Just off the back of her award-winning display at the Melbourne Garden Show, ‘lady tradie’ Inge Jabara shone some light at the Home Show.
Inge is no stranger to getting her hands dirty. At five-years-old, just a little seedling, she would work beside her grandfather on the family garden. With the seed sown, Inge threw herself into Environmental Horticulture at the University of Melbourne and Landscape Architecture at RMIT respectively.
Her graduate cap had barely hit the soil before Inge started her business venture, aptly named Inge Jabara Landscapes. Now employing twelve, her team has created over 280 gardens. Her success has grown from strength-to-strength after being featured in The Block three times. She also won silver for her garden design, The Luxe Botanical, at Melbourne Garden Show.
Decking & Paving
Unless you enjoy playing cricket, big open garden spaces are fertile ground for entertaining guests, quiet contemplation and beautiful artistic set pieces.
Inge summarised paving, “what we’re doing is we’re telling people where to walk. Don’t just make it lawn. If you have a destination, make sure you have a little pathway to it.”
Firstly, you need to divide the garden into functional spaces – like a BBQ area, a veggie garden or sculpture. Explore your interests, your dreams and your hobbies. Your garden should offer the headspace to express your most natural self.
A pathway or steppers should guide you through these areas of self-expression. Inge recommends applying detailed bluestone paving trim around the border. Thus, separating the lawn and garden beds and keep mulch off the lawn.
Throughout her talk, Inge always returns to the concept of tiered landscaping. Like a castle, trees are the spires, hedges are the walls and the lawn your royal courtyard.
Starting with trees, Inge pointed at two 100 litre potted trees at the side of the stage.
“I do not suggest anyone goes out tomorrow and buy a 100-litre tree. That will set you back $1400!” These trees are so large they would require forklifts to move. As a compromise, 50-litre trees are well established and voila “you have an instant garden!” Exclaimed Inge.
Secondly, we apply hedges around the fence line to block out any apartments or townhouses next-door. The hedging provides a serene green backdrop and much-needed privacy.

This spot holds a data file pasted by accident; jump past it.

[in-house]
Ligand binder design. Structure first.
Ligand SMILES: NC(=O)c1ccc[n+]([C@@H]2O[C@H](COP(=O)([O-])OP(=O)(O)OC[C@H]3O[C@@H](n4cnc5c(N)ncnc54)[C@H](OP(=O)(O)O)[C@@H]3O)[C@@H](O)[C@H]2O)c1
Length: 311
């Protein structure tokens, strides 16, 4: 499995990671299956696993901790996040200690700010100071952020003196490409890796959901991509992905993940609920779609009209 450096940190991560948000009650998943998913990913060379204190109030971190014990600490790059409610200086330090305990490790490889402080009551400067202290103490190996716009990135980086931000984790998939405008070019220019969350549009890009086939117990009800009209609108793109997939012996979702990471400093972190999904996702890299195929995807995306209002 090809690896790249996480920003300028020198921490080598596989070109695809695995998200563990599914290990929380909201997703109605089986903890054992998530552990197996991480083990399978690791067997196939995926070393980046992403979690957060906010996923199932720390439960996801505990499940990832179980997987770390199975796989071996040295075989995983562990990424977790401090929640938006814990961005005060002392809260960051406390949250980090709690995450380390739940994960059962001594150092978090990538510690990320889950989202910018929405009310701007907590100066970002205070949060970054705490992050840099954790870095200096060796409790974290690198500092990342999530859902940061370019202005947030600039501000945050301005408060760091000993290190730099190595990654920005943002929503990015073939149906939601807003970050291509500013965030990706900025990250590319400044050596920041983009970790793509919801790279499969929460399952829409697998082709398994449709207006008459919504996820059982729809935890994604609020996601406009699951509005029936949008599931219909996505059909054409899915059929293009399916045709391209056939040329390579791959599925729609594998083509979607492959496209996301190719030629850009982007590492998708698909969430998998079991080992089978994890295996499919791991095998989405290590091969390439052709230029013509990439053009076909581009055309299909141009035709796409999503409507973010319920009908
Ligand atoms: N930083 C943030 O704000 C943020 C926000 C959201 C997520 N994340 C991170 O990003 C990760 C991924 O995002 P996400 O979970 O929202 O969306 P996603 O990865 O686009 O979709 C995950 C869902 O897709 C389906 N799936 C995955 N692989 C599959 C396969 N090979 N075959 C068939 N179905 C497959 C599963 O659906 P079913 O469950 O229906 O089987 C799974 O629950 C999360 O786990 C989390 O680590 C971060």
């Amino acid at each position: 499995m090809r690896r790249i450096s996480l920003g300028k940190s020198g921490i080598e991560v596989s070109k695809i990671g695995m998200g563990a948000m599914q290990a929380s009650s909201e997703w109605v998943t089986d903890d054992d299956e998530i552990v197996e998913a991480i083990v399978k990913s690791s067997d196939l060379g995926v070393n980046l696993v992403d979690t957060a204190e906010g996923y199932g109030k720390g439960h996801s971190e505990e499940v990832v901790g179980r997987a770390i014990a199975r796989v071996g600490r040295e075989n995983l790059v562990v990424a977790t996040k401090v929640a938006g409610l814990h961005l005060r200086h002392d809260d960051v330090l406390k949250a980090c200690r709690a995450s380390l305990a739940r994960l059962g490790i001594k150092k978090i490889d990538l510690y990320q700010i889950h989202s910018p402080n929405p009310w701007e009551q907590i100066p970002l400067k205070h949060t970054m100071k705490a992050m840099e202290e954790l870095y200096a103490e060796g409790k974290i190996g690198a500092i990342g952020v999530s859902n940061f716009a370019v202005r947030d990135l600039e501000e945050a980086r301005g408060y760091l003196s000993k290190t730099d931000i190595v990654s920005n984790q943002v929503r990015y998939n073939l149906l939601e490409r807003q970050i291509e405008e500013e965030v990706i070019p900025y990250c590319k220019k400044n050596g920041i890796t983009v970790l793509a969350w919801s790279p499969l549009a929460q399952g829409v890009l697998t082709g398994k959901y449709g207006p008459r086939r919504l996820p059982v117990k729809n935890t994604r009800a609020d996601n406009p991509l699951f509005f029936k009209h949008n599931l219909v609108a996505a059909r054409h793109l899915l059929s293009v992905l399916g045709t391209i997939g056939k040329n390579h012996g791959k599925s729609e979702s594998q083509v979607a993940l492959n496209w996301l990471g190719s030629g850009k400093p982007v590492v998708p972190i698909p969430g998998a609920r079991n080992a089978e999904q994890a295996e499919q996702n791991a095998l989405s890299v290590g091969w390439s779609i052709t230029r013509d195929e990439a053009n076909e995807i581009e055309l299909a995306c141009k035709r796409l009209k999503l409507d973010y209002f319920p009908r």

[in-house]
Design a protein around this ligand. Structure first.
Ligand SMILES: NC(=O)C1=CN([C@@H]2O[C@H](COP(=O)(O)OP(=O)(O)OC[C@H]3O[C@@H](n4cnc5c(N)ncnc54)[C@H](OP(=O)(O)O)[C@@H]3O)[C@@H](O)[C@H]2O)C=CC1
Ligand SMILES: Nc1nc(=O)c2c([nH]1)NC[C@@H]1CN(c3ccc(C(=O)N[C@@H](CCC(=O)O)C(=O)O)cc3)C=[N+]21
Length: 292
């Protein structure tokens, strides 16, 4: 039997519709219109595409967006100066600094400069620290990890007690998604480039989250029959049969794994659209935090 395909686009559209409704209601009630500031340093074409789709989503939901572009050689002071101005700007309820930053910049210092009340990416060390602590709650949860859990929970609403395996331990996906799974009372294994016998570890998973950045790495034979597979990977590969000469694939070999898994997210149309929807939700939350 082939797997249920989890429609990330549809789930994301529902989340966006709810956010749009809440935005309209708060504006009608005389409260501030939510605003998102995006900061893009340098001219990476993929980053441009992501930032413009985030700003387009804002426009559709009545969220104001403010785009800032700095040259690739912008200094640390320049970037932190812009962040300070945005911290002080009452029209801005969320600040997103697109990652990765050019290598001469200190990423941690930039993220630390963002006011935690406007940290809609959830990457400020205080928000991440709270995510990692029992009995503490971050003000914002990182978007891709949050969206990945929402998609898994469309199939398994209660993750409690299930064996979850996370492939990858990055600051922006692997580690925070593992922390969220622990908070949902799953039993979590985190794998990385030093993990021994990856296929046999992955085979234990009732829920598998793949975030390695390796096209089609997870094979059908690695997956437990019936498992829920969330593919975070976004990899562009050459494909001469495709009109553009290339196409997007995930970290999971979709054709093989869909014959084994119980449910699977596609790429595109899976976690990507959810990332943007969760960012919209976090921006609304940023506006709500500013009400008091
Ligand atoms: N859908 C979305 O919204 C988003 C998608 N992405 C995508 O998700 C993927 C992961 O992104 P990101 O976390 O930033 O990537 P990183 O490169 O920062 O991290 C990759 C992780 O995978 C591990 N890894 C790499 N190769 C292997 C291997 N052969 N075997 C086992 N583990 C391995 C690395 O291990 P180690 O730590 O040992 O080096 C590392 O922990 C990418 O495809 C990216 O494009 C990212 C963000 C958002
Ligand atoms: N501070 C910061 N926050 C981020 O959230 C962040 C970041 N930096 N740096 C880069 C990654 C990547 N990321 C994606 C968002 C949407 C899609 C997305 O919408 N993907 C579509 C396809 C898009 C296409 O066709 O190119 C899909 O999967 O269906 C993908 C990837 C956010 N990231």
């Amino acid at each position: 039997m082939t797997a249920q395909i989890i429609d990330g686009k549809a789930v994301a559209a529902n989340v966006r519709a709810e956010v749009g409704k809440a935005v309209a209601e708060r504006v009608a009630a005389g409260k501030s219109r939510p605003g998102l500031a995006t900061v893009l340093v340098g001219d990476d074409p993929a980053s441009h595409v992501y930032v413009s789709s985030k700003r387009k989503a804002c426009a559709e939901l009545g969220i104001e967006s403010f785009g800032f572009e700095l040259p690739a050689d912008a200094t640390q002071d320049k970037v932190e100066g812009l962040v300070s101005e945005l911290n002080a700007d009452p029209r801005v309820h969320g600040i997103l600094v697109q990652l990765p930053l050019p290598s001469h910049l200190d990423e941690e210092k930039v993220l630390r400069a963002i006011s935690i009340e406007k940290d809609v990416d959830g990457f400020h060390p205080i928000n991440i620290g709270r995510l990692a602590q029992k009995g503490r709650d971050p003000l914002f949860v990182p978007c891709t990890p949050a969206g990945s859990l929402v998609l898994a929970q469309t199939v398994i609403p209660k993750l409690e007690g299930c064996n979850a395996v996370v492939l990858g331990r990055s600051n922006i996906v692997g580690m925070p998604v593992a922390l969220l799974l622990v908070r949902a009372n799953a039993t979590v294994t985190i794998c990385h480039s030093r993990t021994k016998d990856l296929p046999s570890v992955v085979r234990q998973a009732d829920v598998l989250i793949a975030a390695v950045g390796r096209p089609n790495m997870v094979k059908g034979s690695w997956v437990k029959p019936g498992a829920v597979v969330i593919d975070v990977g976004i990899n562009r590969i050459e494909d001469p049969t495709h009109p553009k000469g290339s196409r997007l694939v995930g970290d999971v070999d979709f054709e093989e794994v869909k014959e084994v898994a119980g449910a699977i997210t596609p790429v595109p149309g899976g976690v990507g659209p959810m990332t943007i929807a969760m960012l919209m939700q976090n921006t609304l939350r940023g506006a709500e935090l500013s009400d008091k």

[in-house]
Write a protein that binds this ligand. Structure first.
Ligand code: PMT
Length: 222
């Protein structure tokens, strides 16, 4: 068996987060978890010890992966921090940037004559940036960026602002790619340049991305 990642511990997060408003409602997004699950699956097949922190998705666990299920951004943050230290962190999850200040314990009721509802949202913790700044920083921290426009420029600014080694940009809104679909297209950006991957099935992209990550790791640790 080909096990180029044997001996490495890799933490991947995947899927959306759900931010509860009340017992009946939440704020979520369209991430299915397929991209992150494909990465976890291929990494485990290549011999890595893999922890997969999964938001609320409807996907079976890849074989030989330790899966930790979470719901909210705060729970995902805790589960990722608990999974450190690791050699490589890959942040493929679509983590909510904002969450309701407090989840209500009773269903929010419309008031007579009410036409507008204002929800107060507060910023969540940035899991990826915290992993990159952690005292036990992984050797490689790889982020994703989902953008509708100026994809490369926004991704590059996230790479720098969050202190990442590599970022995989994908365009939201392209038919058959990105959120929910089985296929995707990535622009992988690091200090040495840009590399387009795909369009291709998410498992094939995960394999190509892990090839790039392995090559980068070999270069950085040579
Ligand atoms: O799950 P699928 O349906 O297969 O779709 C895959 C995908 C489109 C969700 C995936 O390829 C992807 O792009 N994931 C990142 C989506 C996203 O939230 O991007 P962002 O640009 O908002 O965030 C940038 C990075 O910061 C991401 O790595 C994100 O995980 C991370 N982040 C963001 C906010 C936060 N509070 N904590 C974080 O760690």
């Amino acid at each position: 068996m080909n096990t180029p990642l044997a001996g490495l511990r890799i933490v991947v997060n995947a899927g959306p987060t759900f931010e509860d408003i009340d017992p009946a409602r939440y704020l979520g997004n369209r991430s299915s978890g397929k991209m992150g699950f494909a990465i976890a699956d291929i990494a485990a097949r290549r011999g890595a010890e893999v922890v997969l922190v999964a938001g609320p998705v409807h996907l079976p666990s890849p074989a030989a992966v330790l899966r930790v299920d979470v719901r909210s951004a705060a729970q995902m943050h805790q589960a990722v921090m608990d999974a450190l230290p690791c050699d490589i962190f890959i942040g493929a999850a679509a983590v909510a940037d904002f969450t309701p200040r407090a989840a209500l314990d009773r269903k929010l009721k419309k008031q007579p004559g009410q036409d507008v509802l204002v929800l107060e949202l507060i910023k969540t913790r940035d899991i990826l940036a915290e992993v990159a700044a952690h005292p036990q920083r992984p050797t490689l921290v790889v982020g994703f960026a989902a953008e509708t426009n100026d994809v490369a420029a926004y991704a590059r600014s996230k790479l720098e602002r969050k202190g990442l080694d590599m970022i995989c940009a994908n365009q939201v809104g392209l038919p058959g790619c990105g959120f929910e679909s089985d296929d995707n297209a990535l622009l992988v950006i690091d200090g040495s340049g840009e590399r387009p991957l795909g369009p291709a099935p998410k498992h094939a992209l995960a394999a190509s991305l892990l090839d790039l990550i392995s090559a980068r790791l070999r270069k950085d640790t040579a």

Finally, Inge spoke on the topic of sustainability. People are introducing fruit and veg plants back into the garden. Wicking beds are popular choices as they hold a reservoir of water at the bottom and draws upwards like a wick.
The final element to your elegant garden castle is the lawn. “How many people have thrown out lawn seeds and the lawn seeds have been eaten by pigeons?” Inge’s question is met by several grins in the audience. “Looks like I’m right!”
Turf is serious business. Inge recommends using DNA certified turf, so you know the strain is bred in the right conditions. Sir Walter Buffalo is one of Australia’s most popular grass for good reason. It should be called Sir Walter Camel, because it’s extremely drought tolerant, requiring 70% less water than cheaper counterparts. That means if you go on vacation, during water restrictions or there’s an arid summer, your grass won’t turn into sad colours.
Inge revealed secrets from the trade: “In the industry, we prefer [turf] to be flat stacked, not rolled. If it’s flat stacked, it has more soil on the bottom of it, meaning it has a higher strike rate.”
Inge plugged her long-time supplier and Home Show exhibitors, Coolabah Turf, revered for fast delivery of freshly watered grass in a refrigerated van.
Lighting & Sculpture
“In the industry, we like to accent features like sculptures, a water feature, a tree. You could have a little gnome from grandmas, and if you want to highlight it, that’s fine!” Said Inge.
Whether you have a ‘boring corner’ or a ‘pokey courtyard’, lighting and sculpture can transform any space. Inge recommends LED strips underneath steps, decks or BBQs and backlighting posts to illuminate the night garden. Install three amber coloured lights on branches to make trees’ pop’.
If you need inspiration, look no further than ‘The Luxe Botanical’. Inge’s silver award-winning garden design turned heads at this year’s Melbourne International Flower and Garden Show. Limestone waterfall steps, mimicking bluestone marble, lead up between two’ reflection ponds’ that are still as mirrors. Soak up the tranquillity in the seating area underneath the arbour. Lighting drapes the features, accentuating every finish.
Three things to consider when choosing a landscape designer
1. Make sure landscaper is a registered budding practitioner.
2. Qualified landscaper – level 5 certification in landscaping
3. Need landscape architectural drawing – not conceptual design